Last May, a jury in the Bronx found Candie Hailey not guilty of attempted murder, freeing her from a long and brutal stretch of pretrial confinement on New York's notoriously violent Rikers Island jail complex. But for Hailey, welcome as it was, the verdict didn't come soon enough: Over the course of more than three years on the island, she spent the majority of her time in the severe isolation of a six-by-ten foot solitary confinement cell, awaiting her day in court. While she endured bewildering delays in the Bronx's famously sclerotic criminal justice system, Hailey attempted suicide multiple times.
One attempt saw the 32-year-old swallow a hair removal product.
As arduous as her time on Rikers was, Hailey's acquittal did not mark the end of her battle with New York City. Even after the jury cleared her on the initial charges that got her arrested, the Bronx district attorney's office pursued her with felony criminal mischief and other charges, some related to an incident in which she allegedly broke a jailhouse chair.
Finally, on Monday afternoon, Hailey's odyssey with the local criminal justice system came to an end when a Bronx judge asked prosecutors to drop all remaining criminal charges. In return, Hailey agreed to plead guilty to several non-criminal disorderly conduct infractions punishable by a fine, ending the latest disturbing saga set in a jail under national scrutiny and facing calls from local and state officials to close shop entirely.
By 4 PM, the mother of two had left the court for what she hopes is the last time.
"She leaves today with a completely clean record," Hailey's lawyer, Patrick Higgins, told me shortly after the bench trial was over. "Now she can get on with her life."
For Hailey, the outcome was a bittersweet one: She's finally free of prosecution, but she says the years in solitary confinement have made her a profoundly different person. "I'm talking to you, and I'm alive," she told me over the phone late Monday, "but physically, spiritually, mentally—I died."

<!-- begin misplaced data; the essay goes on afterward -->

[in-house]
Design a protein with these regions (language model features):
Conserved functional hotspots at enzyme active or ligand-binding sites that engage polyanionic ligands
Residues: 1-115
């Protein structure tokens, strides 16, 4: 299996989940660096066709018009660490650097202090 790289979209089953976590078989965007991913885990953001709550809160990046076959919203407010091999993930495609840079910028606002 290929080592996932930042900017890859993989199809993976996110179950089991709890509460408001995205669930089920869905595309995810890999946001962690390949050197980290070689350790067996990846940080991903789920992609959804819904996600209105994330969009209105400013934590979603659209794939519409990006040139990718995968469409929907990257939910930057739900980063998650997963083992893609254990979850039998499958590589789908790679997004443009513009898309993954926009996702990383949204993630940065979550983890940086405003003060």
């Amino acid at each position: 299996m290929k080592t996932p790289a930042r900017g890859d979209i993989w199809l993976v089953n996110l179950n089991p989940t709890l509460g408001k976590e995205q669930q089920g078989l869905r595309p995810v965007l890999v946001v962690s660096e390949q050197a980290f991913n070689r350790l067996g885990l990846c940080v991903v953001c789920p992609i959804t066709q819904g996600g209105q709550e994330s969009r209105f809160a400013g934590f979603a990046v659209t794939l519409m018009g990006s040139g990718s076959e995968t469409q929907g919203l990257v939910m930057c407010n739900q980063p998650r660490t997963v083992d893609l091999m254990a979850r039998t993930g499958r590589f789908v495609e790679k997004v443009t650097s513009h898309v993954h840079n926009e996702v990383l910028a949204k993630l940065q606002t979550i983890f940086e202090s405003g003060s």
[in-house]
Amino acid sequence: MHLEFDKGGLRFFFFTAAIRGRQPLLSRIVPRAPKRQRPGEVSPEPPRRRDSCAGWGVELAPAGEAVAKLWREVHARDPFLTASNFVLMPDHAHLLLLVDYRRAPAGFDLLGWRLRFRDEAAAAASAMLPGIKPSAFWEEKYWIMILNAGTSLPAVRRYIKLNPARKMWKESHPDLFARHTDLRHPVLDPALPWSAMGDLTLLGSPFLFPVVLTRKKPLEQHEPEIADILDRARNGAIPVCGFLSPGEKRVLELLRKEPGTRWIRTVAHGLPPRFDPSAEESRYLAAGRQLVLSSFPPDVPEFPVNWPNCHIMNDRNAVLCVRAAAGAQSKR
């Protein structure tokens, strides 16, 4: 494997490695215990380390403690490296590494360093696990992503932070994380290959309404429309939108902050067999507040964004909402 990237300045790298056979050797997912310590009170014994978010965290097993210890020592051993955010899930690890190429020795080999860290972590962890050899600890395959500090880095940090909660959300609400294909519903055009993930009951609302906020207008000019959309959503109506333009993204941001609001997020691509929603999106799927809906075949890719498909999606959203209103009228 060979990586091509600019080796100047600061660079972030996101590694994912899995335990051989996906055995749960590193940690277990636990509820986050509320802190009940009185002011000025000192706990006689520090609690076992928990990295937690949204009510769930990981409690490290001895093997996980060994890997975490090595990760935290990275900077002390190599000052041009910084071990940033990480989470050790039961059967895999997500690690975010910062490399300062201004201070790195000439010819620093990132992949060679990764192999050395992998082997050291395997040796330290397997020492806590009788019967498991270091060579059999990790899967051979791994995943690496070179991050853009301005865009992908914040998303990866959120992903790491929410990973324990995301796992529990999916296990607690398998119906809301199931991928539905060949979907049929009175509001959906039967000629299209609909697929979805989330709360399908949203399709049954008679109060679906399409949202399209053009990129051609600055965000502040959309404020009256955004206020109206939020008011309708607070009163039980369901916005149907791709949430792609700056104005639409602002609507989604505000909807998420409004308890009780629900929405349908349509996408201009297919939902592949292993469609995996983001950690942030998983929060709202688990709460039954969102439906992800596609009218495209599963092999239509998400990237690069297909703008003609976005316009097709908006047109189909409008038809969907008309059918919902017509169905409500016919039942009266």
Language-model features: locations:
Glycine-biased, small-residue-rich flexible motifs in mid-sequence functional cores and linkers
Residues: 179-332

After years in an isolation cell, Hailey says she struggles to carry on conversations with people, as she often loses her train of thought mid-sentence or suddenly fears that her words are not making sense. She now wears glasses because, she claims, lacking access to books in solitary confinement, she was left to reread a tiny-print pocket Bible until her vision permanently blurred. Hailey adds that she finds it difficult to sleep at night because the walls in her the bedroom she shares with three other women are blue—like her old cell. And she now prefers to sleep with the lights on, as in her isolation cell, where she believed illumination helped keep rodents and bugs off of her sleeping body.
When she does manage to sleep now, Hailey says she sometimes wakes up after dreaming about Rikers.
"I have nightmares that I'm still in solitary, and when I wake up and look around and say, 'OK, I'm not in solitary,' it's hard to go back to sleep," she said.
Last month, the Associated Press's Jake Pearson profiled Hailey's time on Rikers and subsequent struggle to regain her footing in society after more than two years in isolation. It seemed to epitomize the urgent problems facing the Rikers Island jail complex, which inmates, experts, and advocates often describe as a civil rights catastrophe.
Hailey's case touches some of the most pressing problems at the jail.
Having reportedly been diagnosed with borderline character disorder while in Rikers, the jail's harsh conditions weighed severely on Hailey's emotional state. But the facility provided little in the way of meaningful mental health services: By the AP's account, in response to Hailey's suicide attempts, the jail's administration often simply sent her to solitary confinement, which made things worse. She fought with other inmates and even smeared her body with feces at one point, and yet the jail's psychologists apparently dismissed her as strategically deploying misbehavior to seek more favorable conditions.